The new system can be seen as a progressive tax.Caroline Styles
The changes to Stamp Duty as outlined in the Chancellor’s Autumn Statement in December were an interesting move by the Government. Overall, easing taxation when buying a property at the lower end of the market is great news for First Time Buyers and undoubtedly helps to ease the burden when saving for a deposit. The changes were also great news for the mid-market – however the increases in Stamp Duty for those purchasing around the £1mill plus mark caused question marks as soon as the Autumn Statement was announced. In London and the South prices have risen to such an extent that some commentators are predicting that there could be a real ripple effect and the market at this level could well have already started to slow. But what is going on ‘on the ground’? We’ve asked two of our agents to comment.
Duncan Ley, Associate Director of Humberts in Truro says:
The reforms to the stamp duty tax have encouraged more sellers at the lower to mid end to bring their properties to the market – this has in turn had a consequential positive effect. Previously many home owners were ‘trapped’ in properties which had a genuine value just above one of the Stamp Duty thresholds but were unlikely to see a true market value offer as buyers would avoid paying a substantially higher stamp duty tax for the sake of a slightly higher offer. For instance anyone whose home was genuinely worth £265,000 might only have expected to receive offers of £250,000 as buyers would only be liable for a 1% tax rather than 3% should they pay a penny more than £250,000. Huge numbers of home owners can now realistically expect to sell their houses for a fair market value, thus encouraging them to bring their properties to the market. This increase in activity has led to a positive upswing in the lower to mid end market for 2015.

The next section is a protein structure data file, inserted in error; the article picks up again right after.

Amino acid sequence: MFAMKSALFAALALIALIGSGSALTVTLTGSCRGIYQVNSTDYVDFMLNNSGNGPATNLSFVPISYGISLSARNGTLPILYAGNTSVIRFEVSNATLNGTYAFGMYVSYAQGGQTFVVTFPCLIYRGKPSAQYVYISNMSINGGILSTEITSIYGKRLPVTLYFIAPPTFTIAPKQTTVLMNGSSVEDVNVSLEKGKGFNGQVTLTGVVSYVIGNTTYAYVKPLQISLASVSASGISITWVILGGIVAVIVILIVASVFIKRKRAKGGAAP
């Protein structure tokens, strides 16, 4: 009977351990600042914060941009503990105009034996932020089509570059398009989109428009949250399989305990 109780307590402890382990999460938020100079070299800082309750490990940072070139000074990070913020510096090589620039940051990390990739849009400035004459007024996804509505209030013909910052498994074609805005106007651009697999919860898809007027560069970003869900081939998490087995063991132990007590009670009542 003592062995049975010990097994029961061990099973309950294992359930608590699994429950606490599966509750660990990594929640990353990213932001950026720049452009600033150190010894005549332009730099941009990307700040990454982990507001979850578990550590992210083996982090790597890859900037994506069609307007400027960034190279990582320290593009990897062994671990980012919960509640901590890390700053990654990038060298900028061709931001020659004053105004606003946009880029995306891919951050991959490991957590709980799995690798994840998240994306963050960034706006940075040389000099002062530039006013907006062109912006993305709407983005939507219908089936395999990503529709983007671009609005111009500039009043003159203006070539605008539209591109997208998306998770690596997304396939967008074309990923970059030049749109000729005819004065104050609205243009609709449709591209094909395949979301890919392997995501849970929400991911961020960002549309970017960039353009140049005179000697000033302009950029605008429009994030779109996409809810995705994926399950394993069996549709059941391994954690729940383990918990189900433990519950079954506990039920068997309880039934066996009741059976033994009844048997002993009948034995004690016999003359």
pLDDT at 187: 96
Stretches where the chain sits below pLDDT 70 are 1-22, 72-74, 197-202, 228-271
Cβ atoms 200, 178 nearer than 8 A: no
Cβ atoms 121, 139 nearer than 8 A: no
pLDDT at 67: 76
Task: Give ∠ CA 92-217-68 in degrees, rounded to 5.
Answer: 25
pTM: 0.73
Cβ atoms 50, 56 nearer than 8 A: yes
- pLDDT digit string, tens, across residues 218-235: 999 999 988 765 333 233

James Grillo Head of Country Houses at Humberts says:
The Autumn Statement’s changes to SDLT has undermined the need for a Mansion Tax.
The new system can be seen as a progressive tax as it ensures that the majority of residential property buyers in the UK pay less tax and the graduating escalating costs when compared to the ‘slab’ system of charging, seem fairer. On the whole the majority of buyers in the super prime market place have been able to cope with the additional tax burden.
Whilst any additional taxation is unwelcome, the social argument surrounding the new regime seems more equitable and therefore at the point of acquisition is deemed by most to be more acceptable when compared to an annual levy.
The new system has had a negative effect on the affordability of houses in the £1.8m to £2.2m bracket but is a marked improvement on the previous ‘slab’ system, smoothing out the step in value between £1.9m and £2.5m.